Dockwise's semi-submersible vessel Blue Marlin has arrived at Port Angeles in Washington with drill rig Polar Pioneer aboard. The rig is one of two drill rigs Shell plans to use for oil exploration in the Chukchi Sea, off Alaska's north shore.
Blue Marlin is expected to remain moored at the West Coast port for about a week until the rig is floated off and later towed to Seattle. The Polar Pioneer measures 400 feet long and 355 feet high was built in Japan by Hitachi Zosen for Transocean.
The voyage from Asia was an eventful one. During the Pacific crossing, protesters from Greenpeace's Esperanza climbed aboard the rig and stayed for about five days until they were forced off due to weather. Blue Marlin arrived at Port Angeles with a protective escort consisting of U.S. Coast Guard and U.S. Customs and Border Protection, Clallam County Sheriff's Office, Port Angeles Police Department. Security was needed to keep additional Greenpeace activists who took to kayaks and inflatables to reach the moored vessel. Coast Guard vessels maintained a 500-foot safety zone around Blue Marlin.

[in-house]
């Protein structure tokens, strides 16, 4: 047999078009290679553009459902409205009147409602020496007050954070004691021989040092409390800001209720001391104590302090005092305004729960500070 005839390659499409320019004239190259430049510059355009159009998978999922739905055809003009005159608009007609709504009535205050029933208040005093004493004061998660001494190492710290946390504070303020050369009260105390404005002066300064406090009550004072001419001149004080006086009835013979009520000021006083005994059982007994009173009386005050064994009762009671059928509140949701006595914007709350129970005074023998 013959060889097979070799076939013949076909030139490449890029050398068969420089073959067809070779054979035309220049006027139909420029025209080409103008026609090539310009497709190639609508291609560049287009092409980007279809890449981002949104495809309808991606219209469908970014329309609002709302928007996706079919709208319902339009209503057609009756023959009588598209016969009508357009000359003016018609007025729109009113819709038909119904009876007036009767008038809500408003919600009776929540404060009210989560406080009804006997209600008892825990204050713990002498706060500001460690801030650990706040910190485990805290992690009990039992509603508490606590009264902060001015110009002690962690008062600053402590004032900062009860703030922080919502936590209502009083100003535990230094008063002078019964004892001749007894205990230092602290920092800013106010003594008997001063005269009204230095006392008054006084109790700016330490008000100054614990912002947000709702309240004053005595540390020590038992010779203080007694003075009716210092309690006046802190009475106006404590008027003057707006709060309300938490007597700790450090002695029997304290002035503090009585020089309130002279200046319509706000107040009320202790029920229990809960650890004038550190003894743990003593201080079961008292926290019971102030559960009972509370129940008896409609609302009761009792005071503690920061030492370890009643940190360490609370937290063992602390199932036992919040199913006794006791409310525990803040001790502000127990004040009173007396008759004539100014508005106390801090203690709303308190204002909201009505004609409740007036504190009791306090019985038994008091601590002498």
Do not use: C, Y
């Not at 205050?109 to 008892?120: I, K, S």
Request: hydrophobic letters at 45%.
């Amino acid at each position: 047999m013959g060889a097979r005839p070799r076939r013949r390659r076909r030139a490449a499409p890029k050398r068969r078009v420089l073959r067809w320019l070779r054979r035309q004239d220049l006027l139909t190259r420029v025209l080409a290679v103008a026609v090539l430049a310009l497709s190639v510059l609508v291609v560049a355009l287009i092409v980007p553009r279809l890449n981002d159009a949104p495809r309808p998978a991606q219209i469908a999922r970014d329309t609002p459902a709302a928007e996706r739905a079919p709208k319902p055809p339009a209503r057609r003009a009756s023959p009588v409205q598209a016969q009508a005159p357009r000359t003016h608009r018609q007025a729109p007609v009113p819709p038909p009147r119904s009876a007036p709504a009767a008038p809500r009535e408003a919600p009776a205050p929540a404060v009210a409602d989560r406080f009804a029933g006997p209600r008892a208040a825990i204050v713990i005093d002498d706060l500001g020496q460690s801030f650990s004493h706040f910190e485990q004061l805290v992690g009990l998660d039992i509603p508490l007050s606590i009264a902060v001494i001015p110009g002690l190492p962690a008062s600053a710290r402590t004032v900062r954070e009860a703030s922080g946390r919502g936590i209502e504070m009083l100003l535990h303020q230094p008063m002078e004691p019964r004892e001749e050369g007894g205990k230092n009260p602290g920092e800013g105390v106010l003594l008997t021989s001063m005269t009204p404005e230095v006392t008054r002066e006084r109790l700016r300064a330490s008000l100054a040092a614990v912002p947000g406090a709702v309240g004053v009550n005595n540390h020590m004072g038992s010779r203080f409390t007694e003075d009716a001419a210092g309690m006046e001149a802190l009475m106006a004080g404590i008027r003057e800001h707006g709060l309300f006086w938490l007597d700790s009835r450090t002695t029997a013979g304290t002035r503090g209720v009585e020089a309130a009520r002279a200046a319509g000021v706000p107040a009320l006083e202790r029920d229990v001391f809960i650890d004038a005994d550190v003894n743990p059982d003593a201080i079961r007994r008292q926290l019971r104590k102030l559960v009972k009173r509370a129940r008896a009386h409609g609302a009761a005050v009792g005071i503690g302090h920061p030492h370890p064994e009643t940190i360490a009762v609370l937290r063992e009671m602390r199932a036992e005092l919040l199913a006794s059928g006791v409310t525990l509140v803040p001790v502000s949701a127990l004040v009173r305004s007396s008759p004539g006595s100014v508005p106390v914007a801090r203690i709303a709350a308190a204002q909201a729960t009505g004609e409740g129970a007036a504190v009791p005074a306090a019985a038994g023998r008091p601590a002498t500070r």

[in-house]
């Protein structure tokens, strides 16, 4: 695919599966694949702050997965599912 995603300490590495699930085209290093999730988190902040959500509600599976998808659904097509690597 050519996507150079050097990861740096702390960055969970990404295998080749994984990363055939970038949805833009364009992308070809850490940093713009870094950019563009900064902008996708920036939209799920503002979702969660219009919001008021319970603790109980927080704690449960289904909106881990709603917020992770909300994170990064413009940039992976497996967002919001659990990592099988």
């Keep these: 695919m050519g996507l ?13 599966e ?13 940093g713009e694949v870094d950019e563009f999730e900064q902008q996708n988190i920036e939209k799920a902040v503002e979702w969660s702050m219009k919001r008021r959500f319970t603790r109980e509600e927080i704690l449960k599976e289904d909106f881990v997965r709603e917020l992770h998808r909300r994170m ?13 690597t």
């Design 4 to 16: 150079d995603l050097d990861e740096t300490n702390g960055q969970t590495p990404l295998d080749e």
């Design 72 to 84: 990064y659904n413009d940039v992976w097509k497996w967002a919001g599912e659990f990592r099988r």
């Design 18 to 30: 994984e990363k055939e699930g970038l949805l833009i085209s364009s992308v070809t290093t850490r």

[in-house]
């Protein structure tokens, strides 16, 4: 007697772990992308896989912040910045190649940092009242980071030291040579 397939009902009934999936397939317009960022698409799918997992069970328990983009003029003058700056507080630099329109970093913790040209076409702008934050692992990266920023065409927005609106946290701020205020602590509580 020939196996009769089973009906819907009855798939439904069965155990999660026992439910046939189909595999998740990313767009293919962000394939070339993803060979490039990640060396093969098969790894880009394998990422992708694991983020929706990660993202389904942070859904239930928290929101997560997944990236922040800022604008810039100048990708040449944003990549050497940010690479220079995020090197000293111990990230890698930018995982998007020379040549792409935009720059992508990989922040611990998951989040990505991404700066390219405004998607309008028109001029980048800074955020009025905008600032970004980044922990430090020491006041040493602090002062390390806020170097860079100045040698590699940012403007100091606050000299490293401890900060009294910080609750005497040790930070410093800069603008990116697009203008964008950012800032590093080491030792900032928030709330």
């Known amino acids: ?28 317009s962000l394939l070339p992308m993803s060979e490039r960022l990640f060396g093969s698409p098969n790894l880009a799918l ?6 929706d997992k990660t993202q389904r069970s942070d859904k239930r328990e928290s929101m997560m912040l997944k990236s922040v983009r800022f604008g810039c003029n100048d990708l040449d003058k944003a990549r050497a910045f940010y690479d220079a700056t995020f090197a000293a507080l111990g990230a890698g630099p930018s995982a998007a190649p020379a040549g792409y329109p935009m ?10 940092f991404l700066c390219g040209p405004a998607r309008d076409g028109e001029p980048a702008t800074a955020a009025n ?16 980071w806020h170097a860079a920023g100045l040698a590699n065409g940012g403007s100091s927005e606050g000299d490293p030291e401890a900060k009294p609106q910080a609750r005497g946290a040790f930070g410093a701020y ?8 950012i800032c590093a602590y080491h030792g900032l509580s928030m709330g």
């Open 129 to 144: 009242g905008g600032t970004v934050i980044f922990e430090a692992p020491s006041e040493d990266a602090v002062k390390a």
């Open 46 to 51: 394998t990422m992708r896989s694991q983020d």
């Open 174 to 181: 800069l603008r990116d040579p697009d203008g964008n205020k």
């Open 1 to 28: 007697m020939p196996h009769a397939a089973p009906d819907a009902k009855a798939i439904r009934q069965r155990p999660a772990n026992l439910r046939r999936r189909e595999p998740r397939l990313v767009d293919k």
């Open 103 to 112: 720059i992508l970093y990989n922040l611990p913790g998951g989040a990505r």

The second drill rig, Noble Discoverer, will pass through the Strait of Juan de Fuca on its way to Seattle sometime in May and will not stop in Port Angeles, according to a report from Washington's Peninsula Daily News.
In the meantime, Polar Pioneer will be prepared for its tow to Seattle. “We need to prep for and then remove the sea fastening that secured the Polar Pioneer to the Blue Marlin deck for transit,” a Shell spokeswoman said. Shell is still waiting for final permission to resume its drilling activities in the Chukchi Sea, which it stopped in 2012. The U.S. Bureau of Ocean Energy Management has about three more weeks to complete its review of Shell's plans.
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